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US Senate backs Saudi Arabia’s war in Yemen

March 21, 2018 at 12:58 pm

People inspect the wreckage of a collapsed building after an air strike was carried out by the Saudi-led military coalition in Yemen [Mohammed Hamoud/Anadolu Agency]

US senators voted to reject a war powers resolution seeking to withdraw military support for the Saudi-led coalition in Yemen.

A group of bipartisan senators, including Bernie Sanders, pushed for a resolution to rescind the US’ involvement in Yemen’s civil war. The senators voted 55 to 44 against the resolution, rendering anti-Saudi war support efforts pushed back in to a vacuum.

The vote comes as Mohammed Bin Salman (MBS), crown prince of Saudi Arabia, touched down in the US, which some commentators have dubbed as a shopping trip for arms. The resolution called for the immediate withdrawal of US military from Yemen, without congressional approval. The spotlight on Congress was levied after growing criticism against support for Saudi Arabia’s disproportional targeting of Yemen.

The Yemen civil war has seen nearly one million cases of cholera, a Saudi engineered blockade which has led to the starvation of Yemenis and more than 10,000 killed according to the United Nations.

Internationally recognised President Abd Rabbuh Mansur Hadi, currently residing in the Saudi capital Riyadh, requested military support from a coalition of Arab states after Houthi rebels took over the Yemeni capital in late 2014.

The push for removing support for Saudi Arabia did not include the US’ controversial and ongoing drone assassinations, taking place in Yemen since 2002. Early this month, more than a dozen human rights groups called on President Donald Trump to come clean over “secret” changes made to a controversial assassination policy. The loosening of the policy has led to heightened human rights concern globally, they argued.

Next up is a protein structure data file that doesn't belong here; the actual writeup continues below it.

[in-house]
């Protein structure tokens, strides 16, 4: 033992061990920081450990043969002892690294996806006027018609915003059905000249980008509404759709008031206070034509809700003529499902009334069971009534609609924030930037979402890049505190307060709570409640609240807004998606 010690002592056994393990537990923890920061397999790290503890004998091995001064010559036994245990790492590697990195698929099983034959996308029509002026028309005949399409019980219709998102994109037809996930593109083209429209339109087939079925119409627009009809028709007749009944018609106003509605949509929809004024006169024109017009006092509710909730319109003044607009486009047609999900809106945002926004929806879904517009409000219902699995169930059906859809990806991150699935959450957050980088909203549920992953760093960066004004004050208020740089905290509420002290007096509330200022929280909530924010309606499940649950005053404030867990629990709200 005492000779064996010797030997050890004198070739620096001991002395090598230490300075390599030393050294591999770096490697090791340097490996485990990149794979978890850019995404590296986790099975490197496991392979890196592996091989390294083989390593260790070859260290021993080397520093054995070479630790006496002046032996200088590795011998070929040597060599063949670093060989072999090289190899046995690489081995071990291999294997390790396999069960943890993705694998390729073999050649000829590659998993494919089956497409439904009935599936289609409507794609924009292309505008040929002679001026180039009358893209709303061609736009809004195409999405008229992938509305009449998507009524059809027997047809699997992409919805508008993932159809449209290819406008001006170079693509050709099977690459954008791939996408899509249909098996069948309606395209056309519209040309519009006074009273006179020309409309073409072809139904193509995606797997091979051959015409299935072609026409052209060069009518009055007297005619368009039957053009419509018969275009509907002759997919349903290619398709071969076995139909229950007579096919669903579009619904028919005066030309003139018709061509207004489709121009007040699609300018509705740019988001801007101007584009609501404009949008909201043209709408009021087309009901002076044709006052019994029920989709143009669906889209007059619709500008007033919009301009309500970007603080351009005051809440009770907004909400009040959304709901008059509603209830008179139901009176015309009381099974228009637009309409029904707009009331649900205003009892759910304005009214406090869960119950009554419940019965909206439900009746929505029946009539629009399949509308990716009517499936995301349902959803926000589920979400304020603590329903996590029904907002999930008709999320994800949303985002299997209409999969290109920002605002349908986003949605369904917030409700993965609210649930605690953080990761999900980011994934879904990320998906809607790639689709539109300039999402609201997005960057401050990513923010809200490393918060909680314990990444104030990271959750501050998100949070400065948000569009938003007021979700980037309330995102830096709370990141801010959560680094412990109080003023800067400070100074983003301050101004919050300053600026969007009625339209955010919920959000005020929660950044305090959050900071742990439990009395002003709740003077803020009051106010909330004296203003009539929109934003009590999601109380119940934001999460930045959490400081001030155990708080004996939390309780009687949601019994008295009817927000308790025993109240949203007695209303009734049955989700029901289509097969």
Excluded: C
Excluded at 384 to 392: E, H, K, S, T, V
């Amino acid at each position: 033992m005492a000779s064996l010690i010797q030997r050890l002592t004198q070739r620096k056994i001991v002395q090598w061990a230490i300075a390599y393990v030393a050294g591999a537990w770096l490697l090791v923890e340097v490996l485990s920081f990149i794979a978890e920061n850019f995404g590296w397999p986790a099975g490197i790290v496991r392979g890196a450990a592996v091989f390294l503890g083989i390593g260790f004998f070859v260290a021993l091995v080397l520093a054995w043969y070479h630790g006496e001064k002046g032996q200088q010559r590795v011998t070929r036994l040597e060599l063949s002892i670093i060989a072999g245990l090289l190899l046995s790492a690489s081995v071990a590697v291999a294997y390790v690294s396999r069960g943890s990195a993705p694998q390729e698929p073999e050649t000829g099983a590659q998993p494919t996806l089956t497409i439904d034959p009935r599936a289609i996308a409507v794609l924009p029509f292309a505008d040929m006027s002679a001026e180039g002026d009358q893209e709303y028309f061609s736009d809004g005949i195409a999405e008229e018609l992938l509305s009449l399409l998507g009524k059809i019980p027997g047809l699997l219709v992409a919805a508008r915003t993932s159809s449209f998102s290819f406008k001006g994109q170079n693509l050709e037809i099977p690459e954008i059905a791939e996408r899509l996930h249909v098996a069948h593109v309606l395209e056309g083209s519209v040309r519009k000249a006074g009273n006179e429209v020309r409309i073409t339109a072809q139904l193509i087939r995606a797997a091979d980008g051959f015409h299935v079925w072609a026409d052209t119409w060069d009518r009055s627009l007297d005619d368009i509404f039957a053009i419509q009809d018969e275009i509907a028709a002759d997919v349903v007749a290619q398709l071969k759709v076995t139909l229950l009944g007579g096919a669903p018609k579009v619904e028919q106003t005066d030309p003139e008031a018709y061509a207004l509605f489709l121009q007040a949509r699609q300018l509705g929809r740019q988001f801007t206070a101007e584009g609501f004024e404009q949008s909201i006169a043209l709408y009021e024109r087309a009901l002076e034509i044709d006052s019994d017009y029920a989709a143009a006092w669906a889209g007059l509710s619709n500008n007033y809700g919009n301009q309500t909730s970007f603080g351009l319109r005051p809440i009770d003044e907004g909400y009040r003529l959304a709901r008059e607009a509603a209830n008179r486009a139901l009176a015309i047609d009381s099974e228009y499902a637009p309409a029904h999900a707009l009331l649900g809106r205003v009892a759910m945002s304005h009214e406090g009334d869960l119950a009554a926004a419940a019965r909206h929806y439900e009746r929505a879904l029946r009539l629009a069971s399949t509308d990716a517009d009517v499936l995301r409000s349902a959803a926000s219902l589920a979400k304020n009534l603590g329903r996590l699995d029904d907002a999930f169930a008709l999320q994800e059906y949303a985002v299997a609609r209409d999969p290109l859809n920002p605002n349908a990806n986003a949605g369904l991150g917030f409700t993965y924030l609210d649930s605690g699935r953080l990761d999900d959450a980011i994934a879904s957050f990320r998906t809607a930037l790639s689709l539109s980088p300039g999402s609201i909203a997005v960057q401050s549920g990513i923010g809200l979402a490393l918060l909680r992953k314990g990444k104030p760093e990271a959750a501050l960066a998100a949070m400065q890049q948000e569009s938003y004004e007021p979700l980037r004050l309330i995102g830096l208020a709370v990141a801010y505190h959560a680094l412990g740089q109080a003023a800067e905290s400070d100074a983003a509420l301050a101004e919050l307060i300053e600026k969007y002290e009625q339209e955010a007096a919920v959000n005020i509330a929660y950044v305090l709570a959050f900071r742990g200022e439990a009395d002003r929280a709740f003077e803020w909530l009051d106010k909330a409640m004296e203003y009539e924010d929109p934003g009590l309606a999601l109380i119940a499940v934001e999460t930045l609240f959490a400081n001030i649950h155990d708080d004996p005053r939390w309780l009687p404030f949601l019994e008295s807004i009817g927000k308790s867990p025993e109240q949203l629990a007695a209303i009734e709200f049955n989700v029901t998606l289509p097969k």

US engagement in Yemen has remained a counter-terrorism operation, which has been blurred by supporting Saudi Arabia in Yemen’s civil war. Human rights groups, including the American Civil Liberties Union (ACLU), claim that the US’ activity in Yemen are unlawful and that it has zero mandate to strike in Yemen. The existence of a civil war, and US support of it, exacerbates legal and political matters at Congress.

Donald Trump is also looking to boost exports of armed drones to more of its allies. Based on fierce competition from China and Israel in selling drones worldwide, the US will ease a policy on its foreign sales to stifle competitors. Foreign defence sales have been hampered by lobbying and advocacy work by human rights groups over the years, due to ongoing concerns for transparency, accountability and legality.

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